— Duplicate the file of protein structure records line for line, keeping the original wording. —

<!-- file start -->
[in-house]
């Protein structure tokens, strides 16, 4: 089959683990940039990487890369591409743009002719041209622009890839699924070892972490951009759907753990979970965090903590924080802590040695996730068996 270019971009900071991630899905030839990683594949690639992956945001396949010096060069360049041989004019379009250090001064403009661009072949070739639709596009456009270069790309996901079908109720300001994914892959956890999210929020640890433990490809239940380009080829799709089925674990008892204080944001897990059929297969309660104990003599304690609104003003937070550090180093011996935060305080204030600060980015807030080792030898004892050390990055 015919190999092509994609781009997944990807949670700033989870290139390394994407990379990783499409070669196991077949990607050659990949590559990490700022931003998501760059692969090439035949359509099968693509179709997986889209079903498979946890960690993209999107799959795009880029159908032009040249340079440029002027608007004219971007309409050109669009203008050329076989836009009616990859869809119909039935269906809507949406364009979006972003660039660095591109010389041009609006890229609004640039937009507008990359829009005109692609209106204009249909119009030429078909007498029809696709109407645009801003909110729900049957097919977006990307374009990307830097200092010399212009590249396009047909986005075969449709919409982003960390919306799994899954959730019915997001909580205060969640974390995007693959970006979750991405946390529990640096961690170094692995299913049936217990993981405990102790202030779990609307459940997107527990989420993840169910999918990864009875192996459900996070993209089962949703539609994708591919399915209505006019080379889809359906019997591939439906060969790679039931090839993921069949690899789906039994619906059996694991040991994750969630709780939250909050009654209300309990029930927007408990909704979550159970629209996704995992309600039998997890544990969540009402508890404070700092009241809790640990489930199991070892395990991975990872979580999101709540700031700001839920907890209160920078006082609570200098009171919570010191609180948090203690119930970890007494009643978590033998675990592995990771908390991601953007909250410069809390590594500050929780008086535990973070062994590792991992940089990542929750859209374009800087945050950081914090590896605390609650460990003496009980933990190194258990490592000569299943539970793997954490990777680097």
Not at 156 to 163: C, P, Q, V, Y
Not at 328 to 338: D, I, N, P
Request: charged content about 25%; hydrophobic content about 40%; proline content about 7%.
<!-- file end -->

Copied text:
[in-house]
């Protein structure tokens, strides 16, 4: 089959683990940039990487890369591409743009002719041209622009890839699924070892972490951009759907753990979970965090903590924080802590040695996730068996 270019971009900071991630899905030839990683594949690639992956945001396949010096060069360049041989004019379009250090001064403009661009072949070739639709596009456009270069790309996901079908109720300001994914892959956890999210929020640890433990490809239940380009080829799709089925674990008892204080944001897990059929297969309660104990003599304690609104003003937070550090180093011996935060305080204030600060980015807030080792030898004892050390990055 015919190999092509994609781009997944990807949670700033989870290139390394994407990379990783499409070669196991077949990607050659990949590559990490700022931003998501760059692969090439035949359509099968693509179709997986889209079903498979946890960690993209999107799959795009880029159908032009040249340079440029002027608007004219971007309409050109669009203008050329076989836009009616990859869809119909039935269906809507949406364009979006972003660039660095591109010389041009609006890229609004640039937009507008990359829009005109692609209106204009249909119009030429078909007498029809696709109407645009801003909110729900049957097919977006990307374009990307830097200092010399212009590249396009047909986005075969449709919409982003960390919306799994899954959730019915997001909580205060969640974390995007693959970006979750991405946390529990640096961690170094692995299913049936217990993981405990102790202030779990609307459940997107527990989420993840169910999918990864009875192996459900996070993209089962949703539609994708591919399915209505006019080379889809359906019997591939439906060969790679039931090839993921069949690899789906039994619906059996694991040991994750969630709780939250909050009654209300309990029930927007408990909704979550159970629209996704995992309600039998997890544990969540009402508890404070700092009241809790640990489930199991070892395990991975990872979580999101709540700031700001839920907890209160920078006082609570200098009171919570010191609180948090203690119930970890007494009643978590033998675990592995990771908390991601953007909250410069809390590594500050929780008086535990973070062994590792991992940089990542929750859209374009800087945050950081914090590896605390609650460990003496009980933990190194258990490592000569299943539970793997954490990777680097």
Not at 156 to 163: C, P, Q, V, Y
Not at 328 to 338: D, I, N, P
Request: charged content about 25%; hydrophobic content about 40%; proline content about 7%.